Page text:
Left in Andover: Bewitching water in the 1980s

By Susan Leader
©2019 Telegraph Publishing LLC

Hard by the original cellar hole on the West Place – as our deed identifies the southern section of my family’s Popplewood Farm – is where my husband John Specker and I decided to build a “real” house, in 1988.

We had dithered through the decade living in cabins near that same spot. But, with two young daughters, what had seemed like paradise suddenly looked like a shack with no running water.

Our ‘Pear Tree Meadow’ outhouse.

Our cabins came with pedigrees of their own. One had provided shelter to several different hermits throughout my childhood, then to a parade of hippie types through the 1960s, including me and my siblings as we each experimented with living on the land. In the late 1960s, my teenage brother set up here on his own while attending high school in Chester.

The potable water source for the cabins was the original dug well uphill in the woods. An old lead pipe led directly down to the old cellar hole. In order to keep the water flowing for any length of time, it was necessary to force pump a bucket of water back up the pipe, a ritual punctuating the various occupants’ comings and goings.

Before settling in the cabin together in Andover in 1979, John and I had spent time in Weathersfield, where we met Bill Snide. Bill was wise, generous and curious, a real old-time Vermonter who was also interested in us younger alternative 1960s types.

The author, mid-1970s, force pumping water with her dad in the Pear Tree Meadow. In the background, a barn built during the hippie years, that has sadly since fallen in.

He regaled us with tales of his days on the road crew, such as the time when he jumped from the seat of the snowplow onto the back of a buck that was running alongside it. He may have eaten it for dinner that night as well, who knows.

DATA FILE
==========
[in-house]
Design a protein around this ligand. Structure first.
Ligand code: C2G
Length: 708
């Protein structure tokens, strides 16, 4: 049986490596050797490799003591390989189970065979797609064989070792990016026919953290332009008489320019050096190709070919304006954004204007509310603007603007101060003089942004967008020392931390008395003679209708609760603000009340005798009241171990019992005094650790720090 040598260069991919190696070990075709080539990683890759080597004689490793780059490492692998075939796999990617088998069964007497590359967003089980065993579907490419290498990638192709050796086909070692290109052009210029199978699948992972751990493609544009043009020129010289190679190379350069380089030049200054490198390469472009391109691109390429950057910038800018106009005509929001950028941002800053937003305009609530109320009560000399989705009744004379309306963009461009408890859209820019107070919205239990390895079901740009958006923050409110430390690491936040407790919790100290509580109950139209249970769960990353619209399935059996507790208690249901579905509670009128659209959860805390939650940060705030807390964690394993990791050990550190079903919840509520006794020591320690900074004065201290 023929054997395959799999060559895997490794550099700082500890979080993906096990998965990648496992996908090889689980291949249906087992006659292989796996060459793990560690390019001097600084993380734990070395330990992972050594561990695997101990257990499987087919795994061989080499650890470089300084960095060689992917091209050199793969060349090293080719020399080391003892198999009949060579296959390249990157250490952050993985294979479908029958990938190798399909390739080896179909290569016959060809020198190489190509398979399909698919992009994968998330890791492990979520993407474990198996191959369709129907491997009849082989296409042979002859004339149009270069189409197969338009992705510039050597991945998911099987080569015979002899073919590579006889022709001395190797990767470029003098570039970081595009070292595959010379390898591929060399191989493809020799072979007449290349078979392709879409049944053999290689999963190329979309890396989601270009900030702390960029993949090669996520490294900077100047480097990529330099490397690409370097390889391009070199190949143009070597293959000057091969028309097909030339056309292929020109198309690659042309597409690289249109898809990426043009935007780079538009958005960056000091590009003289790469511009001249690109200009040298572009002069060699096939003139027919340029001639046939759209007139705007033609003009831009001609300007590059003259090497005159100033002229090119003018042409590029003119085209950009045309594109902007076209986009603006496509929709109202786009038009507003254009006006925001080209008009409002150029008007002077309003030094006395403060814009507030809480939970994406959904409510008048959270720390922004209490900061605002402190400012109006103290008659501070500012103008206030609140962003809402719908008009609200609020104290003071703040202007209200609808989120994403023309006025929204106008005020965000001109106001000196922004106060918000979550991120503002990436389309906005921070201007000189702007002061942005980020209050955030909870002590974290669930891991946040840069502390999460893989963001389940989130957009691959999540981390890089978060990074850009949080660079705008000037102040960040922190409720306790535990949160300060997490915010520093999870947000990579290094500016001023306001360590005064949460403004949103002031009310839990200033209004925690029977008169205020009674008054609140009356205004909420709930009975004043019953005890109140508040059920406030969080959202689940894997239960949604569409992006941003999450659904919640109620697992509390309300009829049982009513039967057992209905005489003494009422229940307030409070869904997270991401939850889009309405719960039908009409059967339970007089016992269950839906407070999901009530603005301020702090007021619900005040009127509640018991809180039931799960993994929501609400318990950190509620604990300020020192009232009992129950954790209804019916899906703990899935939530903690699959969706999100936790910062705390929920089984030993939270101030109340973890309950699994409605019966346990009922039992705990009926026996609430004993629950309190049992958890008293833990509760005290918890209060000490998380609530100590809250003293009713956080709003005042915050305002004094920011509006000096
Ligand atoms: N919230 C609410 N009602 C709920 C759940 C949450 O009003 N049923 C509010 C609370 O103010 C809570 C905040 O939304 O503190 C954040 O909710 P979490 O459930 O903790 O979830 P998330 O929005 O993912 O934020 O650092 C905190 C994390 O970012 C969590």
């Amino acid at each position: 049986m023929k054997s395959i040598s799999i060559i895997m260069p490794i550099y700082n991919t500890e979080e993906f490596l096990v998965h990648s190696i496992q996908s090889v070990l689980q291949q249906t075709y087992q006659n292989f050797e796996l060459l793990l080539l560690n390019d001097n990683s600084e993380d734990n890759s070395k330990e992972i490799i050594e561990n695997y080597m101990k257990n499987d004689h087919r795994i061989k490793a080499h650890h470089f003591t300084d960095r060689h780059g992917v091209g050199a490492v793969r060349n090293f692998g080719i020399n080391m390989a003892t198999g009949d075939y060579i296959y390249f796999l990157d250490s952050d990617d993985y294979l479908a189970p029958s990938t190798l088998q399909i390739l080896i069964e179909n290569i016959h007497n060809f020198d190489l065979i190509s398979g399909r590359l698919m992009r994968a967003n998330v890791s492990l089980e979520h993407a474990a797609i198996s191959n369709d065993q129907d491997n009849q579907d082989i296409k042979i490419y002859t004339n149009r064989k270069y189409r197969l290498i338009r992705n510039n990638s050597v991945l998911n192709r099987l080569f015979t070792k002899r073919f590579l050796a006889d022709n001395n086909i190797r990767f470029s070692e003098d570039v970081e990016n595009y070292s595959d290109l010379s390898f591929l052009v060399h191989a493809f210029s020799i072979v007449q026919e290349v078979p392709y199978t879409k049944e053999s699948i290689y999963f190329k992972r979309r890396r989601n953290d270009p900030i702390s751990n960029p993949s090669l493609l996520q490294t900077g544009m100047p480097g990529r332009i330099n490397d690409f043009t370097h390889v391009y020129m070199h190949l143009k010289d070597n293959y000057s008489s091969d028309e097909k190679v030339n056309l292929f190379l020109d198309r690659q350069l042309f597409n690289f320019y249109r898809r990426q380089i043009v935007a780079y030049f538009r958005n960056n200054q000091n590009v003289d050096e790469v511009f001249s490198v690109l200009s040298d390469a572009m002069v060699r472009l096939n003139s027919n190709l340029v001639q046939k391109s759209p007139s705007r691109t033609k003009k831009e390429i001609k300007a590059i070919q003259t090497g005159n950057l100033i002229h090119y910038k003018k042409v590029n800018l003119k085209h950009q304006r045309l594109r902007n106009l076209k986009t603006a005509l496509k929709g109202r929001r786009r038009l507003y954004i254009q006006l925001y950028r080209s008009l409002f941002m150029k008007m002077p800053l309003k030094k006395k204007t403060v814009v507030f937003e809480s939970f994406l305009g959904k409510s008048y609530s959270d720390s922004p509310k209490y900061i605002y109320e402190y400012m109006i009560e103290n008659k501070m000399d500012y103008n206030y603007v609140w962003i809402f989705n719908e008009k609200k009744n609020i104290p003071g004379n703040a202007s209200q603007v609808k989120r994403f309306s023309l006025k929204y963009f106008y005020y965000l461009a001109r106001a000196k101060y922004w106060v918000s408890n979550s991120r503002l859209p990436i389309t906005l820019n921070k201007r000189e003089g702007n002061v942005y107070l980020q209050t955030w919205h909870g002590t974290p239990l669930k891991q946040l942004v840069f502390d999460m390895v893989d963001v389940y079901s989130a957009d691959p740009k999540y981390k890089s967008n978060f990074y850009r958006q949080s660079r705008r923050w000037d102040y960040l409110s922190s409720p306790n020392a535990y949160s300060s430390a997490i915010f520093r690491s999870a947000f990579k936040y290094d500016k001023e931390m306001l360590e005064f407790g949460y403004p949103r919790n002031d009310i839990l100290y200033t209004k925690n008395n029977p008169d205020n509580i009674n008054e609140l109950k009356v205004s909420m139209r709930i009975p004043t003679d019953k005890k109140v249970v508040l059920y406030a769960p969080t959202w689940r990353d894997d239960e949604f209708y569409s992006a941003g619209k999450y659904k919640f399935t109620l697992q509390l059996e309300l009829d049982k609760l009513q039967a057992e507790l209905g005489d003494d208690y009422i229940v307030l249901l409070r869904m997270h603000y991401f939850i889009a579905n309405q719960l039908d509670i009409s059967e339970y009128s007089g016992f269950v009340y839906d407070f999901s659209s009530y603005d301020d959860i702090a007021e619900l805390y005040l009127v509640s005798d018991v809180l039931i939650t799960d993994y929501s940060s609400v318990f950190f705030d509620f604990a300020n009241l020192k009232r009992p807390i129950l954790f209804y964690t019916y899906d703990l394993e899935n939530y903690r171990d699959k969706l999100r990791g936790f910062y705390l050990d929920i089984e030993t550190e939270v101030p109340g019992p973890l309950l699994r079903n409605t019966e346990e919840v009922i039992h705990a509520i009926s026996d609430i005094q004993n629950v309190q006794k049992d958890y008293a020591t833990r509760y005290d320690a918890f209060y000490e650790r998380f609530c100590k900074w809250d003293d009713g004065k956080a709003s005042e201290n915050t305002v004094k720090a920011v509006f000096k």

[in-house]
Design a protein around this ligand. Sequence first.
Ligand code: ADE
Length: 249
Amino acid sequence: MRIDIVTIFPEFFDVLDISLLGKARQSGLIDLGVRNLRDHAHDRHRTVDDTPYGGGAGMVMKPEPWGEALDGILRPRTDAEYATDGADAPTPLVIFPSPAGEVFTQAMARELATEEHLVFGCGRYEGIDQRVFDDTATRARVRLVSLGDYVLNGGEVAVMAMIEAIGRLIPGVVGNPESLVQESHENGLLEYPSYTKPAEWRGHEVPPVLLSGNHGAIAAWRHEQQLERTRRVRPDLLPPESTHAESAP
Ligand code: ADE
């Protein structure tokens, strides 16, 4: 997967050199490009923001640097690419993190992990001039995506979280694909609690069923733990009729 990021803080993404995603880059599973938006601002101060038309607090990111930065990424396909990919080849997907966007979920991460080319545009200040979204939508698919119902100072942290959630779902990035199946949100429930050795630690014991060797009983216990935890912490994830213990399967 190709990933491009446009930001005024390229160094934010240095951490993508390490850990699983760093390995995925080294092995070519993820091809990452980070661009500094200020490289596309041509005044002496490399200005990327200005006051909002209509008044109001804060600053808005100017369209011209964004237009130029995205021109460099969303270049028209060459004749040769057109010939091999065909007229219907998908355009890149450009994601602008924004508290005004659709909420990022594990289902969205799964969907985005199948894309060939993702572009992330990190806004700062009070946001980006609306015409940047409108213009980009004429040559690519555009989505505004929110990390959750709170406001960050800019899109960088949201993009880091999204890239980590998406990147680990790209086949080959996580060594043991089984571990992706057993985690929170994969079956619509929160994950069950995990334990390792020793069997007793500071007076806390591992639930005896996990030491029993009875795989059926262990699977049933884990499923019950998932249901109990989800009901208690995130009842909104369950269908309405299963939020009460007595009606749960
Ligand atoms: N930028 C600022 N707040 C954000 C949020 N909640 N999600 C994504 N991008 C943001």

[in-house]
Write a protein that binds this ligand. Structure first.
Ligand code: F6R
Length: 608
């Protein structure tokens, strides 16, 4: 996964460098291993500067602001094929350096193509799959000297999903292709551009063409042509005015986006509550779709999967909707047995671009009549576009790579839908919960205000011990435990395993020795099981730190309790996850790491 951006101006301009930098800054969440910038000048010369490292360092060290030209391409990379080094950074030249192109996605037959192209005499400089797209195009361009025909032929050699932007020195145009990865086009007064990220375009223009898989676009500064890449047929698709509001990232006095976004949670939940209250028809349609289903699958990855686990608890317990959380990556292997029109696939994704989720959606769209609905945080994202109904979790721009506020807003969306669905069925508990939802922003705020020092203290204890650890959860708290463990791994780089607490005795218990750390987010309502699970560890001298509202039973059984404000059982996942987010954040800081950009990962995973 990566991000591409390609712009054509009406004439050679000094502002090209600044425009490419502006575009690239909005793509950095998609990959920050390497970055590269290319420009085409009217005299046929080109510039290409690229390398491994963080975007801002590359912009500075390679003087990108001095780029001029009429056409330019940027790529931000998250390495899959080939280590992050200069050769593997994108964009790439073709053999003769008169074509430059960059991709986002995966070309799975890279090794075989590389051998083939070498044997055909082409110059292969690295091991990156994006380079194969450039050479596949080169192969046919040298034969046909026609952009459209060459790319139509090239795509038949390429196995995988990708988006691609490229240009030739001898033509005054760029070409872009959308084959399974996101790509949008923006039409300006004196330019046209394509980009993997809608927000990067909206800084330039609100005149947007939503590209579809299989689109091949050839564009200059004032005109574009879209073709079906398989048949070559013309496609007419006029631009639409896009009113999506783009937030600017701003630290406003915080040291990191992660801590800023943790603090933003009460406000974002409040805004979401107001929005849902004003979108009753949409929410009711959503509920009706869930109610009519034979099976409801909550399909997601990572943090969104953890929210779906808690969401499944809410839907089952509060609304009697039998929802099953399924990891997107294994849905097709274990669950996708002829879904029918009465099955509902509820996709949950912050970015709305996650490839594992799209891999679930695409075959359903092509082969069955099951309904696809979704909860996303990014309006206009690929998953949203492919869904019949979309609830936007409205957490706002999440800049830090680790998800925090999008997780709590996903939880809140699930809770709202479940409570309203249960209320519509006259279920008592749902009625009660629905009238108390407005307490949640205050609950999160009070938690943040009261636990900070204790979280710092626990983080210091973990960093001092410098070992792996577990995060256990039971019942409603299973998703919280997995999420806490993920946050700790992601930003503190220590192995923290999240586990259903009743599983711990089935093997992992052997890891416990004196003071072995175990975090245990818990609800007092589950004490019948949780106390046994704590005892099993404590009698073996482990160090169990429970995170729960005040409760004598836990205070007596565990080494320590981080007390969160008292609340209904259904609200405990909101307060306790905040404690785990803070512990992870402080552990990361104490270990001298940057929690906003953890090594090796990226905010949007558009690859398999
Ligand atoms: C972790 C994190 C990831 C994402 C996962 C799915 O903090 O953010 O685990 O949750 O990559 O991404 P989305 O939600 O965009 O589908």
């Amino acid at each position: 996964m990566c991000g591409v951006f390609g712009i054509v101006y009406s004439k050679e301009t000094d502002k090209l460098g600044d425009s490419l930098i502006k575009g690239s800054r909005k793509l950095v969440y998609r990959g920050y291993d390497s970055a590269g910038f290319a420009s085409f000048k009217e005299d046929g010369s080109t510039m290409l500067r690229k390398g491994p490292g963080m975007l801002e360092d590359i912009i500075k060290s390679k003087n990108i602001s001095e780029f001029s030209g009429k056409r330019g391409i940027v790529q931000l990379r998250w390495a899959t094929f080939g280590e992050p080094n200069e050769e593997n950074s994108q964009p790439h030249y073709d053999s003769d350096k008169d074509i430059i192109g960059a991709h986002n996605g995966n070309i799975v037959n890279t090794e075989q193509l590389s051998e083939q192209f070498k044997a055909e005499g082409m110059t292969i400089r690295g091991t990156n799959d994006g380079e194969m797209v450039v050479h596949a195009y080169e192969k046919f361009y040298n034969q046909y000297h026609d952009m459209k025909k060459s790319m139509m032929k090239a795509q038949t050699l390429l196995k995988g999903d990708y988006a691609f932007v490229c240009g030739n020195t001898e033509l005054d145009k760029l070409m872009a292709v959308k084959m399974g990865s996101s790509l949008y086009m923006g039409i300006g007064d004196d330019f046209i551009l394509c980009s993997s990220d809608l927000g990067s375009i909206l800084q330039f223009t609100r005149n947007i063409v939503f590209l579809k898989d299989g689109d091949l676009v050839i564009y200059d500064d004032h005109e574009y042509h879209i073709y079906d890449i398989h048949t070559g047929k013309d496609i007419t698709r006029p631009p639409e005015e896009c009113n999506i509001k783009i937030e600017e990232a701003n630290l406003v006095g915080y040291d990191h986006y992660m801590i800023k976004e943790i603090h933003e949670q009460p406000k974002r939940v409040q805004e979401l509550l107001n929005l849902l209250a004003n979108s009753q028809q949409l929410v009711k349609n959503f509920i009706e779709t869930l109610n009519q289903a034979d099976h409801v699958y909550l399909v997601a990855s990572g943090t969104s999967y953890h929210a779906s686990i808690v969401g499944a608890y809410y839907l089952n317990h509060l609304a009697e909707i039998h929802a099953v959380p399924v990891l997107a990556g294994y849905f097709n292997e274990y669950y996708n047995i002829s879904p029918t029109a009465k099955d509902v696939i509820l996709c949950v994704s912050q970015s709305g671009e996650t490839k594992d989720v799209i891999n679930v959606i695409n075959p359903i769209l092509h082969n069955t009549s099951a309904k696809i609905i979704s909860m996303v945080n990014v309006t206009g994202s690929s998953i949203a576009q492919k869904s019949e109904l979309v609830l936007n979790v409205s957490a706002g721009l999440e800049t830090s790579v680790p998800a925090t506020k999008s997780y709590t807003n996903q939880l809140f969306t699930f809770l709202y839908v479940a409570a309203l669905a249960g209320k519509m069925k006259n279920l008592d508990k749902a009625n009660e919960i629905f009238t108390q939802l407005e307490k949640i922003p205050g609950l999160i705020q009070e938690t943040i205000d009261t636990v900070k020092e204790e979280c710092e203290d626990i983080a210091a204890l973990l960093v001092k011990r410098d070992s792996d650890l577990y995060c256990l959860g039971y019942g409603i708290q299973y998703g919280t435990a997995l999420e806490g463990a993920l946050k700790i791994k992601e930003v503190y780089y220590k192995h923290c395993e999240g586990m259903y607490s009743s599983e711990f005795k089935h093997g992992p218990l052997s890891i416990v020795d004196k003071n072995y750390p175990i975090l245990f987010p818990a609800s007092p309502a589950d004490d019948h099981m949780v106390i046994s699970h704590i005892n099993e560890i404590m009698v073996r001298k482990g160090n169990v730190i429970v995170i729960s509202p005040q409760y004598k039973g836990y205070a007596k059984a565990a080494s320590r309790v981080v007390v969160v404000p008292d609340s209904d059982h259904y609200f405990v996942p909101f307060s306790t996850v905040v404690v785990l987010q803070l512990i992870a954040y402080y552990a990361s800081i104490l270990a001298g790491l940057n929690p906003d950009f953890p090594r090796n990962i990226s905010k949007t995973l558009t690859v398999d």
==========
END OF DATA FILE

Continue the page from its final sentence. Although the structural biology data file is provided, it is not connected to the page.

When he discovered that I was from Andover, he enjoyed telling me about his time transporting travelers by stage from Chester Depot to Rowell’s Inn in winter – and how frozen his hands would be by the end of that ordeal.

About the first thing John did upon arriving here was pull out as much of the lead water pipe as possible. By 1988, when we broke ground for our house, he had hauled on his back thousands of buckets of drinking water directly from the well, and from our frog pond for bathing and washing. We needed a real, dependable source of running water for our next phase.

Bill Snide loved John’s fiddle playing. Seeking to reciprocate by sharing one of his own unique talents, he came over to do some water witching for us, to pinpoint the ideal location for our new well.

John Specker doing the family wash, 1989, Pear Tree Meadow cabin.

Whatever the skepticism in scientific circles over this age-old divining method, Bill betrayed no hesitation as he led us into the woods above our house site, forked stick in hand.

Subsequently, John dug a trench in the spot Bill told him to and there it still lies, mucky in even the driest of seasons.

Ultimately, a more expeditious location for the truck to drill turned out to be in the dooryard of the new house. Sadly, we were never able to put Bill’s old time Vermont water divination to the test.

Bill Snide, demonstrating the art of dousing for water by our new foundation, 1988.

I am still grateful every day for my running water and indoor plumbing. From my vantage point inside a modern house, I am also grateful for the time we lived without these amenities, and to know what it means to live closer to the earth, embracing rather than fearing those moonlight forays outside. But I can’t say I would have done it if I’d had the choice!

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Filed Under: Community and Arts LifeLeft in Andover

About the Author: Vermont native and noted potter Susan Leader grew up on Popplewood Farm in Andover. At age 17, she was inspired to take up the potter's wheel by "a charismatic potter" from the Society of Vermont Craftsman. She spent 18 months apprenticing at pottery villages throughout Japan. She returned to Popplewood Farm, where she and her husband, fiddle player John Specker, raised their two daughters.

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